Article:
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Hedge markets for executives and corporate agency

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  • OZERTURK, Saltuk
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    Abstract

    This paper analyzes the implications of executive hedge markets for firm value maximization in an optimal contracting framework. The main results are as follows: Without any hedging ability, the manager underinvests in risk at the firm level to diversify his own compensation risk. If the manager can trade a security correlated with firm specific risk, the underinvestment in risk is reduced, optimal managerial share ownership and equilibrium effort increase. If the manager can hedge by simulating the sale of his shares, however, he can completely undo any incentive scheme. The model predicts that a higher degree of financial market development implies higher managerial share ownership and more efficient risk taking at the firm level.

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    Bibliographic Info

    Paper provided by Université catholique de Louvain, Center for Operations Research and Econometrics (CORE) in its series CORE Discussion Papers with number 2006009.

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    Date of creation: 00 Feb 2006
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    Handle: RePEc:cor:louvco:2006009

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    Related research

    Keywords: managerial hedge markets; inefficient risk reduction; effort provision; optimal managerial share ownership; security innovation;

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    1. Franke, Gunter & Stapleton, Richard C. & Subrahmanyam, Marti G., 1998. "Who Buys and Who Sells Options: The Role of Options in an Economy with Background Risk," Journal of Economic Theory, Elsevier, vol. 82(1), pages 89-109, September.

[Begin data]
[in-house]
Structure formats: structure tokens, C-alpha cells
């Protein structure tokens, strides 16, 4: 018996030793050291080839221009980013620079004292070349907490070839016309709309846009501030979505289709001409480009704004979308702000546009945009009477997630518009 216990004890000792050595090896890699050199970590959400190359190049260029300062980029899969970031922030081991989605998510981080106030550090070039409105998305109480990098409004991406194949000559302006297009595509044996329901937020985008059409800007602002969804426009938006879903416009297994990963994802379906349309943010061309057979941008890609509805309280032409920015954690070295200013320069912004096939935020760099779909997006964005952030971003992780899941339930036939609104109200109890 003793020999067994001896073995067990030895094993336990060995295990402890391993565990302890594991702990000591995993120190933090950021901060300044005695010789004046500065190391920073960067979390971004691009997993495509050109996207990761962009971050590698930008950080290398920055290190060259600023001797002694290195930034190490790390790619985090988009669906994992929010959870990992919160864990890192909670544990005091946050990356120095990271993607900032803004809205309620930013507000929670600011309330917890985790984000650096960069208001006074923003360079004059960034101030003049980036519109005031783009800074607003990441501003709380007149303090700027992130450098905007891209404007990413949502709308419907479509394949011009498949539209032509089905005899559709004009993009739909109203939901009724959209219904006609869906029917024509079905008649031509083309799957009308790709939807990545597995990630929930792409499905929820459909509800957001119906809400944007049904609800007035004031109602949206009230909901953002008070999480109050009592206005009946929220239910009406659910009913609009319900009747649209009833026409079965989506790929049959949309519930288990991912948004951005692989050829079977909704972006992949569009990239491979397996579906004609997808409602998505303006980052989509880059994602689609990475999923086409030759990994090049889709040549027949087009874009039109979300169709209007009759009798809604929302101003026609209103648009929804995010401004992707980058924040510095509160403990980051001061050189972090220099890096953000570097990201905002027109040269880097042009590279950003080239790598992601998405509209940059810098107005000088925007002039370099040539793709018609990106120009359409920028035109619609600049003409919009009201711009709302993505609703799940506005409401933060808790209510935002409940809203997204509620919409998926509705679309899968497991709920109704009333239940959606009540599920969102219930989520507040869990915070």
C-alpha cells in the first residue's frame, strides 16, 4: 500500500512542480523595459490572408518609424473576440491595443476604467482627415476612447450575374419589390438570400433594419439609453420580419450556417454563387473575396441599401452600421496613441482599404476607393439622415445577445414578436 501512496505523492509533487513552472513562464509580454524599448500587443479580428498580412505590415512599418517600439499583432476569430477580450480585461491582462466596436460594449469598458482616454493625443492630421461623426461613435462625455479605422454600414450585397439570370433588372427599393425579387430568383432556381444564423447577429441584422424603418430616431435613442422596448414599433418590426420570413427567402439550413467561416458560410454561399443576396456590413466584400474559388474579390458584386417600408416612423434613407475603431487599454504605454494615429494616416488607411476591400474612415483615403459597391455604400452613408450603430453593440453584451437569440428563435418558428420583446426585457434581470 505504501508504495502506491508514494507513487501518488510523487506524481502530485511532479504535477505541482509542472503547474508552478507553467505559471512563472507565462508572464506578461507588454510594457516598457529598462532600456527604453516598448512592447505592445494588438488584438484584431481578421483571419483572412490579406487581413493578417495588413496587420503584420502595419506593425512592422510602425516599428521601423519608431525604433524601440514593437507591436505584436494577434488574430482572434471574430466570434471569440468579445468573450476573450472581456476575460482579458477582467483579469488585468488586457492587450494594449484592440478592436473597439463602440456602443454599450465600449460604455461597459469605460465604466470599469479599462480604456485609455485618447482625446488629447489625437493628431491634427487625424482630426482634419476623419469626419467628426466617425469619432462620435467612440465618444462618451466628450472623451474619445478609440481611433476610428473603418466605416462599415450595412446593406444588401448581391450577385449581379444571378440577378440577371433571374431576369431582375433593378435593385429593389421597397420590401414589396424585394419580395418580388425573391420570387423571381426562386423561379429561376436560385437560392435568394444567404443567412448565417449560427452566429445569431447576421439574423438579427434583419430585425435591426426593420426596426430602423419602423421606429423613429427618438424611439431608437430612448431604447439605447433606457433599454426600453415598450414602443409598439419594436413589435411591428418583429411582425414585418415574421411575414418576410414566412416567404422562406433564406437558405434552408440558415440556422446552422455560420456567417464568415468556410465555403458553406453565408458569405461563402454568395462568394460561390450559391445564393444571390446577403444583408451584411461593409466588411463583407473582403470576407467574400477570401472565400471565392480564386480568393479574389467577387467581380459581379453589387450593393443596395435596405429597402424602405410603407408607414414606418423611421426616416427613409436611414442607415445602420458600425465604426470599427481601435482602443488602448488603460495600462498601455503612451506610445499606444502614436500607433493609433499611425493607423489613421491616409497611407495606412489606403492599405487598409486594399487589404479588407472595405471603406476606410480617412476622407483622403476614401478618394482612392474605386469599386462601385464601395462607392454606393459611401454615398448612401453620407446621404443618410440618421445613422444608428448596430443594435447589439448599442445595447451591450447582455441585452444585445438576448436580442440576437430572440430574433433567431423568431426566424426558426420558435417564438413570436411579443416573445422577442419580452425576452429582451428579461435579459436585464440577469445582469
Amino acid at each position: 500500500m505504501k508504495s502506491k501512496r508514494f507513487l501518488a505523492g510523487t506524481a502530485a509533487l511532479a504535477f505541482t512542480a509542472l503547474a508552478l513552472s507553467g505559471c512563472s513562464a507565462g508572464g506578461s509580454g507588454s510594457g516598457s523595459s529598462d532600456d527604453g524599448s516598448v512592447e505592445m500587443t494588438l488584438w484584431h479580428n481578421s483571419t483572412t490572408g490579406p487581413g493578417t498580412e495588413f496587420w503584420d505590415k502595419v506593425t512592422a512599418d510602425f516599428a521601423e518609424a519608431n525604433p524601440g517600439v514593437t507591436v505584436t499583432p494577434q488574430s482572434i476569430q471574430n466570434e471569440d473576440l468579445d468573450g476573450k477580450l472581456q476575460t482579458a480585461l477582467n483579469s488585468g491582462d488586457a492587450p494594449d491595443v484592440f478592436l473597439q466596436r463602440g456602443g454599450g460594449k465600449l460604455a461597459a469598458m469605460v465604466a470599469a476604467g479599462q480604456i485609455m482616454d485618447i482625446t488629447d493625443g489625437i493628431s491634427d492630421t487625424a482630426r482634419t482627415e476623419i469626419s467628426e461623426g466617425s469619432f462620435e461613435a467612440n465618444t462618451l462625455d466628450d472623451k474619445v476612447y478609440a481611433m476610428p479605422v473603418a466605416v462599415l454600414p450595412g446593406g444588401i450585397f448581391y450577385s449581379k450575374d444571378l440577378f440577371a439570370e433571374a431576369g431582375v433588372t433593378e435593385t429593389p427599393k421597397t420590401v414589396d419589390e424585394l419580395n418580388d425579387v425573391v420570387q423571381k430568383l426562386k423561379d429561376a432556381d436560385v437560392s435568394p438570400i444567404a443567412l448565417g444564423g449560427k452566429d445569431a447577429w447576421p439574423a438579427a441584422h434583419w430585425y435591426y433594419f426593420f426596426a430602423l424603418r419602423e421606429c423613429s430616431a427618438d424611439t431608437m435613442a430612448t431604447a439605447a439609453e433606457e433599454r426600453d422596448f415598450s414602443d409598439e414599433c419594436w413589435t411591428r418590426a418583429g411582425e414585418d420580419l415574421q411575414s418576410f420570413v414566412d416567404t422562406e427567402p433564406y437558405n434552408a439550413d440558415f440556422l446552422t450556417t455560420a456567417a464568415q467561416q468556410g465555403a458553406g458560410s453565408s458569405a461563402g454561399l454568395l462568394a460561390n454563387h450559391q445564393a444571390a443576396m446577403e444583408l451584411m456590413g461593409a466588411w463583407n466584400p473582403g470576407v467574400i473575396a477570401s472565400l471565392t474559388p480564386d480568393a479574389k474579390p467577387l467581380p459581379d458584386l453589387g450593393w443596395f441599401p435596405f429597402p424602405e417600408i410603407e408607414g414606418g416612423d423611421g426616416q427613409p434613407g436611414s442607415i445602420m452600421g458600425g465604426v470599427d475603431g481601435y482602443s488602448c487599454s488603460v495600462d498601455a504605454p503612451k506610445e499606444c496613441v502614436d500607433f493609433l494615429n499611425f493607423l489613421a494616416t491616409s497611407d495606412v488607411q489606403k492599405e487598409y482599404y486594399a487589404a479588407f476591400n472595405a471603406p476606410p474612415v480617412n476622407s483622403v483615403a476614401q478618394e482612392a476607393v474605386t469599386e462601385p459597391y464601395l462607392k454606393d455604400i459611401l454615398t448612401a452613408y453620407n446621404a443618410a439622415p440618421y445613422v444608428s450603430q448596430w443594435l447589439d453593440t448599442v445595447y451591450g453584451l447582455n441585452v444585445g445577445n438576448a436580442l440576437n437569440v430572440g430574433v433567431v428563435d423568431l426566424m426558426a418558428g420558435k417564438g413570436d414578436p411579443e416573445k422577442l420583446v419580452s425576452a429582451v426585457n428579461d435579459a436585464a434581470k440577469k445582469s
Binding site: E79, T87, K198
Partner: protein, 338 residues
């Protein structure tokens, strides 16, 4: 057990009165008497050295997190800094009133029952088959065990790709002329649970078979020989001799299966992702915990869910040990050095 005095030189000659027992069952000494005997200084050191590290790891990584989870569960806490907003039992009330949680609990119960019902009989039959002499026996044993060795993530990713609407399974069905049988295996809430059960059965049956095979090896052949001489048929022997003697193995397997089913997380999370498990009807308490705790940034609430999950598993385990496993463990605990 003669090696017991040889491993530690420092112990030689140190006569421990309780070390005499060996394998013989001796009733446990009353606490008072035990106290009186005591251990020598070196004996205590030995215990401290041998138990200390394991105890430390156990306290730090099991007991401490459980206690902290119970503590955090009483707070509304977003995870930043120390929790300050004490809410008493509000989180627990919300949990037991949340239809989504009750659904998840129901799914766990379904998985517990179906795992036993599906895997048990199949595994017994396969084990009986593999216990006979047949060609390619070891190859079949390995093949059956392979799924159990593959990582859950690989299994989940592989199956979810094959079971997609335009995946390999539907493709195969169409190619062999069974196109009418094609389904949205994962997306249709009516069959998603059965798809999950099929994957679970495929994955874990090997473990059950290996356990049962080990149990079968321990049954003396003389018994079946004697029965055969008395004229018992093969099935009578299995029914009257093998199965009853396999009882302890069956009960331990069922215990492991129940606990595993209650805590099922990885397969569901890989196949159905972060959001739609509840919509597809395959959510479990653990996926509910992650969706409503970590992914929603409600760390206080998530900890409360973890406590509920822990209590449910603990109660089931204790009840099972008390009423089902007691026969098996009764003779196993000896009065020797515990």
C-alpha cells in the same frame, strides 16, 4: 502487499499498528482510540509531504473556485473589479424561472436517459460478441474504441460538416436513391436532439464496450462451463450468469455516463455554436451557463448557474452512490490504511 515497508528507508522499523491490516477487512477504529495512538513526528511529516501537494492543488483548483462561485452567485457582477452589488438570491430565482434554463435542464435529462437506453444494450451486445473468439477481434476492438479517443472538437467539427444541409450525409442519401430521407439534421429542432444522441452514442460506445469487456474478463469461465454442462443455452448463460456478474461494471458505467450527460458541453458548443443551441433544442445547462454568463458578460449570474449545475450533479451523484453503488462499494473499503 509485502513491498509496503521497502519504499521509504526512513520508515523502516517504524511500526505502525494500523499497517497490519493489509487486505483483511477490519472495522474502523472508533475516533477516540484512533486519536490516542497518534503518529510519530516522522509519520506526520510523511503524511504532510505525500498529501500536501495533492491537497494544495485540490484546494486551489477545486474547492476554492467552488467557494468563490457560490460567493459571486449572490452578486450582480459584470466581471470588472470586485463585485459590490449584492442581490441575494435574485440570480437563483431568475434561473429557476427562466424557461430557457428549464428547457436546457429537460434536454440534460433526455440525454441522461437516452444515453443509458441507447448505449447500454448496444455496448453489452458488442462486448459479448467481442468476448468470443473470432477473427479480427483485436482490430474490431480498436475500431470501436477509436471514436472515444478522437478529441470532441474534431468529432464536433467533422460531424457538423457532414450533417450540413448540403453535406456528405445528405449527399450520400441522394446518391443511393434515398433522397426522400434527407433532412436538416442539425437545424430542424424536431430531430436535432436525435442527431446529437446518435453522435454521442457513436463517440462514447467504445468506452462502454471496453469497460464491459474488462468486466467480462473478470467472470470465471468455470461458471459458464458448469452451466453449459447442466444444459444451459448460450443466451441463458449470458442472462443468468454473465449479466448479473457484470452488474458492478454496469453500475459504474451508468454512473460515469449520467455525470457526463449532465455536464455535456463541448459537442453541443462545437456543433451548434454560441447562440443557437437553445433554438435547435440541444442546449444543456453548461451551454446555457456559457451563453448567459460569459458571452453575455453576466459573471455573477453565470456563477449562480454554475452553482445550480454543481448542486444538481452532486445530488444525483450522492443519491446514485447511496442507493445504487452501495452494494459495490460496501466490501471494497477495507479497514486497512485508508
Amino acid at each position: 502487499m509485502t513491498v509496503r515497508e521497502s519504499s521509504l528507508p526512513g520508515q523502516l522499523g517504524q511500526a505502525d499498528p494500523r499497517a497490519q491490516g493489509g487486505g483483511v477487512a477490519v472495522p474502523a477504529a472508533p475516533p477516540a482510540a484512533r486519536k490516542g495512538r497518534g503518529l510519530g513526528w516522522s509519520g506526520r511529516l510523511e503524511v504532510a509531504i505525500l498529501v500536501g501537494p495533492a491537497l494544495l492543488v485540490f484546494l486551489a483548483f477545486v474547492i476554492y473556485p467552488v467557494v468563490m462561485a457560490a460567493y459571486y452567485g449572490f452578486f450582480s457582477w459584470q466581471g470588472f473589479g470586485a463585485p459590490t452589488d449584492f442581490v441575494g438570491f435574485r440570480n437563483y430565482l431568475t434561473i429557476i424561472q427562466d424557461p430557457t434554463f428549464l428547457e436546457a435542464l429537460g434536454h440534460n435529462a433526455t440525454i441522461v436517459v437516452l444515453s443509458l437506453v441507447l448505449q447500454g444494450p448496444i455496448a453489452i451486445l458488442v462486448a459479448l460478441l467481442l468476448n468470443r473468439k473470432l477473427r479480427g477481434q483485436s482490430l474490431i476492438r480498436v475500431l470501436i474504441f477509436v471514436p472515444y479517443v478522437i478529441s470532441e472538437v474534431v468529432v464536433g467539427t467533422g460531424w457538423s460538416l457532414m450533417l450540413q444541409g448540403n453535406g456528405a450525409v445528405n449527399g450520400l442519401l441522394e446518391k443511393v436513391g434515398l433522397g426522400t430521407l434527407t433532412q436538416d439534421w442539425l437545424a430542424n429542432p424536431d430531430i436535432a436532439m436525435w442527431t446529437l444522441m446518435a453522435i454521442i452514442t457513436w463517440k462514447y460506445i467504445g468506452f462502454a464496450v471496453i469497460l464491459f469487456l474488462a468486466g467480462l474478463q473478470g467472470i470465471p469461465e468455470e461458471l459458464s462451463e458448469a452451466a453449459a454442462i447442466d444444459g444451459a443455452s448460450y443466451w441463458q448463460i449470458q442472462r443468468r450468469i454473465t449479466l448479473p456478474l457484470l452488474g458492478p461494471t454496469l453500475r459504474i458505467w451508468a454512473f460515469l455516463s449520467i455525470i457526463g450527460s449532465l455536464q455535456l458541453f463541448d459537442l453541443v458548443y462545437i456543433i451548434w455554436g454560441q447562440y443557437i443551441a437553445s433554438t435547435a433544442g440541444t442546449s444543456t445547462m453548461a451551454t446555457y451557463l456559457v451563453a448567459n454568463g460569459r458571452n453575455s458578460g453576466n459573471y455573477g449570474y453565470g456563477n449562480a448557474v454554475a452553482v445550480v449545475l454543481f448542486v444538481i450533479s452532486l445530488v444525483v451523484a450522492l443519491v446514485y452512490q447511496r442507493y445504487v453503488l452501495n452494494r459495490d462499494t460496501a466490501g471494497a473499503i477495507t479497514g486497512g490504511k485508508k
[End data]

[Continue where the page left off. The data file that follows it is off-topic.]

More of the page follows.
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    3. Stulz, René M., 1984. "Optimal Hedging Policies," Journal of Financial and Quantitative Analysis, Cambridge University Press, vol. 19(02), pages 127-140, June.
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    5. Alberto Bisin & Danilo Guaitoli, 1998. "Moral hazard and non-exclusive contracts," Economics Working Papers 345, Department of Economics and Business, Universitat Pompeu Fabra.
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    7. Charles M. Kahn & Dilip Mookherjee, 1996. "Competition and Incentives with Non-Exclusive Contracts," Papers 0075, Boston University - Industry Studies Programme.
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    17. Lucian Arye Bebchuk & Jesse M. Fried, 2003. "Executive Compensation as an Agency Problem," Journal of Economic Perspectives, American Economic Association, vol. 17(3), pages 71-92, Summer.
    18. Jensen, Michael C & Murphy, Kevin J, 1990. "Performance Pay and Top-Management Incentives," Journal of Political Economy, University of Chicago Press, vol. 98(2), pages 225-64, April.
    19. Bebchuk, Lucian A. & Fried, Jesse M., 2003. "Executive Compensation as an Agency Problem," Berkeley Olin Program in Law & Economics, Working Paper Series qt81q3136r, Berkeley Olin Program in Law & Economics.
    20. Rajesh K. Aggarwal & Andrew A. Samwick, 2003. "Why Do Managers Diversify Their Firms? Agency Reconsidered," Journal of Finance, American Finance Association, vol. 58(1), pages 71-118, 02.
    21. Bizer, David S. & DeMarzo, Peter M., 1999. "Optimal Incentive Contracts When Agents Can Save, Borrow, and Default," Journal of Financial Intermediation, Elsevier, vol. 8(4), pages 241-269, October.
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    Cited by:
    1. Avdjiev, Stefan & Zeng, Zheng, 2009. "Impact of heterogeneous managerial productivity on executive hedge markets in an asymmetric information environment," Finance Research Letters, Elsevier, vol. 6(4), pages 187-201, December.

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